Alternatively, a social stealth game, like The Occupation. You infiltrate buildings for the purposes of gathering information / evidence / ??. This might be better as a Deus Ex kinda thing where it's cyberpunk and you have upgrades to make it easier. Show results with newspapers, like early Hitman games did.
posted by caphector at 2:52 PM on June 8 [3 favorites]


Night in the Woods being on there just fucking hurts.

How so, deadaluspark? I’m not sure if I’m misreading your comment, but I’d much rather have Scott and Bethany use NitW (one of the most progressive mainstream games in recent memory) to do some more good in the world, rather than abandoning the whole thing as hopelessly tainted.
posted by a box and a stick and a string and a bear at 3:10 PM on June 8 [3 favorites]


So, how does this friendly reminder add or subtract from the proposed discussion?

I think that it highlights that (at the very least in this case) white male privilege is not simply a function of capitalism, and suggests that the relationship might actually be the other way around. Racism and misogyny are not actually a good basis on which to run an industry, but the people who have power in the games industry are either too racist and misogynist to see that, or too racist and misogynist to care.
posted by howfar at 3:12 PM on June 8 [2 favorites]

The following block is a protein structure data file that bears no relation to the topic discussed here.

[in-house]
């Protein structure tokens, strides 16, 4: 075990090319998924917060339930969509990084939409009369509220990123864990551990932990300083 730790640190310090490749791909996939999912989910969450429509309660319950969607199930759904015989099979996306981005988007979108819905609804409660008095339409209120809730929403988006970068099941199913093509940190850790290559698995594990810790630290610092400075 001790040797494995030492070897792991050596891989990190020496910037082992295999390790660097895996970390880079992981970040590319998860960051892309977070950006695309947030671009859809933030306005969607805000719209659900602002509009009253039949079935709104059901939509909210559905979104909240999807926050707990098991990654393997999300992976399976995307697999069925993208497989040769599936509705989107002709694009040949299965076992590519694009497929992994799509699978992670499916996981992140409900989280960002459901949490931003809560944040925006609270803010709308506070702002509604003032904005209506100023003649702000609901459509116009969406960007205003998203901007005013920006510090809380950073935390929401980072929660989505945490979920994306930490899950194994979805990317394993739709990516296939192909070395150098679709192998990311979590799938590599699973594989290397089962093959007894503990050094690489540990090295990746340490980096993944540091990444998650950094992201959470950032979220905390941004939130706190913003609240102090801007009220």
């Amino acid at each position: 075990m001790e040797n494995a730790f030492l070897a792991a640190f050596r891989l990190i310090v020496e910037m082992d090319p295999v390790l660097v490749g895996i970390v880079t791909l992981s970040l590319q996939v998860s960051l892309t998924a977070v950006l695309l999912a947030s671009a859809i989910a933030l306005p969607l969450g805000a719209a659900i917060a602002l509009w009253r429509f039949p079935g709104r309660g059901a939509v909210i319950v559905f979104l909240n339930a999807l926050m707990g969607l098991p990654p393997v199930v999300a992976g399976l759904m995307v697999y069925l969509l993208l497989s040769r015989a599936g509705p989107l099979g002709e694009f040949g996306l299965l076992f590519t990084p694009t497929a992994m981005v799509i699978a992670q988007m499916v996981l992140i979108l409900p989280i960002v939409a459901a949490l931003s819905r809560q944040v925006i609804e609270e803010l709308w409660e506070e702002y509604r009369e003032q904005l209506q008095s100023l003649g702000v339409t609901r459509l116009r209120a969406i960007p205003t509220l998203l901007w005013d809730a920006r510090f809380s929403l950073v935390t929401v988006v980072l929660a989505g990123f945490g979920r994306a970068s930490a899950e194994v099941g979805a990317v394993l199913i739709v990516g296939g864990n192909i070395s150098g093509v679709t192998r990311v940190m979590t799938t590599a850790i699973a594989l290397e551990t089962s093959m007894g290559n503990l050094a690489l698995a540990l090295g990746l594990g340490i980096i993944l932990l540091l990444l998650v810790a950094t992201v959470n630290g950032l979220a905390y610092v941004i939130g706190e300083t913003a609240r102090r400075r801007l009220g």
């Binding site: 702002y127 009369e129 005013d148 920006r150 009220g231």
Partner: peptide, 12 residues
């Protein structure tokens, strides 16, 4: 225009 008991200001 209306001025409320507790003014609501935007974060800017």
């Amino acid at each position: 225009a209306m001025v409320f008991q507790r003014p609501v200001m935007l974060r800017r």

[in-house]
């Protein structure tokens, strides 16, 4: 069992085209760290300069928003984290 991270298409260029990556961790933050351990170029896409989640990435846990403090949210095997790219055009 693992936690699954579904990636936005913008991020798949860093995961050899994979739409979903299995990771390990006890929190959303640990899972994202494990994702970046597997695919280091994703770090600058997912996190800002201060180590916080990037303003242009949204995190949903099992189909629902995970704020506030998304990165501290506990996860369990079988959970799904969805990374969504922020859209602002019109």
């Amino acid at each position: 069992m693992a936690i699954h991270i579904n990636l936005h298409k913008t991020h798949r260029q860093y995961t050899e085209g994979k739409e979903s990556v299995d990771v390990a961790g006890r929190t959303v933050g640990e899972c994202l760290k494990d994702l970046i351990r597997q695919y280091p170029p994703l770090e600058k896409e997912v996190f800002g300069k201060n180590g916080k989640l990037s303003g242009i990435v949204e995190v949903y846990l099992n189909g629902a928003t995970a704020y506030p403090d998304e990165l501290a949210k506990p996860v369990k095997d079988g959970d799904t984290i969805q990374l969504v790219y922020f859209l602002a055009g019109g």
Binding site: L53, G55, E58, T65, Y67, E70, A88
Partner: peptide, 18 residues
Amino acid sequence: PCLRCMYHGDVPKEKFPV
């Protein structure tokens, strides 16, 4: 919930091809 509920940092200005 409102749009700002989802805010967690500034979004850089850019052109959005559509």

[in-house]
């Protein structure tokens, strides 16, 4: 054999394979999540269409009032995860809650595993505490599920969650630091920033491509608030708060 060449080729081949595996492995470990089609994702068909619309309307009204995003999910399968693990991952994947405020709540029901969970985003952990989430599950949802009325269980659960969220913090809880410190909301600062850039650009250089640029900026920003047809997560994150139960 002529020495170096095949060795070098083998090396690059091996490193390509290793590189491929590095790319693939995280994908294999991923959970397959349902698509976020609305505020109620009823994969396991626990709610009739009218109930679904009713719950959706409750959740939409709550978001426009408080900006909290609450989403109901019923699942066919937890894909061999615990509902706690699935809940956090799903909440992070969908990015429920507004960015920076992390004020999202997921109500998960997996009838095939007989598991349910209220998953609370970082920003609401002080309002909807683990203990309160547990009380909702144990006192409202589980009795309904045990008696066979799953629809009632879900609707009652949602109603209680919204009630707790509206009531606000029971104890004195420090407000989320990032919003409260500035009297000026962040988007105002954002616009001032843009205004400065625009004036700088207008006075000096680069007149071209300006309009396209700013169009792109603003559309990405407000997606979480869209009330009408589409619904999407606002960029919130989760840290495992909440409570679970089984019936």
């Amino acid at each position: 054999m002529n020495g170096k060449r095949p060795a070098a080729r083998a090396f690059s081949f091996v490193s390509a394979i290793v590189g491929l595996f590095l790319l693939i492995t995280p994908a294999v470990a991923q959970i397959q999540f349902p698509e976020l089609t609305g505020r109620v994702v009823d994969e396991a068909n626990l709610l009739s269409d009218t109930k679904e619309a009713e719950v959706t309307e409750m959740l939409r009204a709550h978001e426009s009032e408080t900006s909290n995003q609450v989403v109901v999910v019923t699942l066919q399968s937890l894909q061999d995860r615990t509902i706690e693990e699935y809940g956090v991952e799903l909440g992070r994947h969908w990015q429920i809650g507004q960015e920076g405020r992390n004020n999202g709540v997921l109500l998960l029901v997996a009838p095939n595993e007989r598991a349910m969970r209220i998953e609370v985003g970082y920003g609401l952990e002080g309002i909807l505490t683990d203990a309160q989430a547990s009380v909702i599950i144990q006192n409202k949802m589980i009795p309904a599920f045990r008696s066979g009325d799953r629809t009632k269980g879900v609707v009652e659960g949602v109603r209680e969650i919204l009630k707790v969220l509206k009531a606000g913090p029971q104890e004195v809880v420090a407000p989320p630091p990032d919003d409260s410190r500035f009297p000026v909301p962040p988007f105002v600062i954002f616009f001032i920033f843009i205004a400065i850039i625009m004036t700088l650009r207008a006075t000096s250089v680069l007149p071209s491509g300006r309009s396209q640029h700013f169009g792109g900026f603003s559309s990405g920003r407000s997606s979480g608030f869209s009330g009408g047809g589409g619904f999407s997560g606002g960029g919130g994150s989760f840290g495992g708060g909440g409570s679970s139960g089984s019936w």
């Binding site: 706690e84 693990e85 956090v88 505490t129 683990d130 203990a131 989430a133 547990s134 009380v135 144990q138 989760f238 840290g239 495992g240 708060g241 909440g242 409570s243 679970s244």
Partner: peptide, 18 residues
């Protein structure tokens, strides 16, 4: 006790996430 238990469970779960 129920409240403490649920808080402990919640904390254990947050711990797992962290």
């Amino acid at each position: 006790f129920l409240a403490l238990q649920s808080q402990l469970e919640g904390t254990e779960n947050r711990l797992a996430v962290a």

So, just to throw out some ideas I think a leftist uprising game could be done.

Tonight We Riot Devs Wanted To Make An 'Unapologetically Leftist' Game

The studio is a worker-owned cooperative, so the game isn't really the sort of "parody of horrible antifa commies" thing that I expected at first.
posted by Foosnark at 3:14 PM on June 8 [5 favorites]


I’m not sure if I’m misreading your comment, but I’d much rather have Scott and Bethany use NitW (one of the most progressive mainstream games in recent memory) to do some more good in the world, rather than abandoning the whole thing as hopelessly tainted.

Yeah, slight misread. I don't consider it tainted at all. It's just hard for me to not think of all the horribly sad things that happened to all involved. It was a devastating and sad thing, not something that I personally think tainted it, but something that is very difficult to remove my memory from my memory in relation to it. My memory isn't of hate or even disappointment but just deep, deep sorrow.

It's a sorrow that rears its head whenever I think of the game at all.
posted by deadaluspark at 4:10 PM on June 8 [1 favorite]


Yeah, understood. I was in on my first run through of the Weird Autumn expansion when the shit went down, and I still haven’t been able to bring myself to finish it.
posted by a box and a stick and a string and a bear at 4:15 PM on June 8 [1 favorite]


I'm tempted to draw a line back to a time when interacting with early computers was considered women's work (and poorly paid) until the emphasis shifted from hardware to software and home computing (marketed to boys) stepped in (along with the general patriarchality of the world) and flipped all that on its head.

This comes up a lot on MeFi, but the main point to understand is that the "women's work" part of computer programming just does not exist anymore. It is not a case of "dudes are doing this job now??? INCREASE THE WAGES!!!" as these convos seem to imply.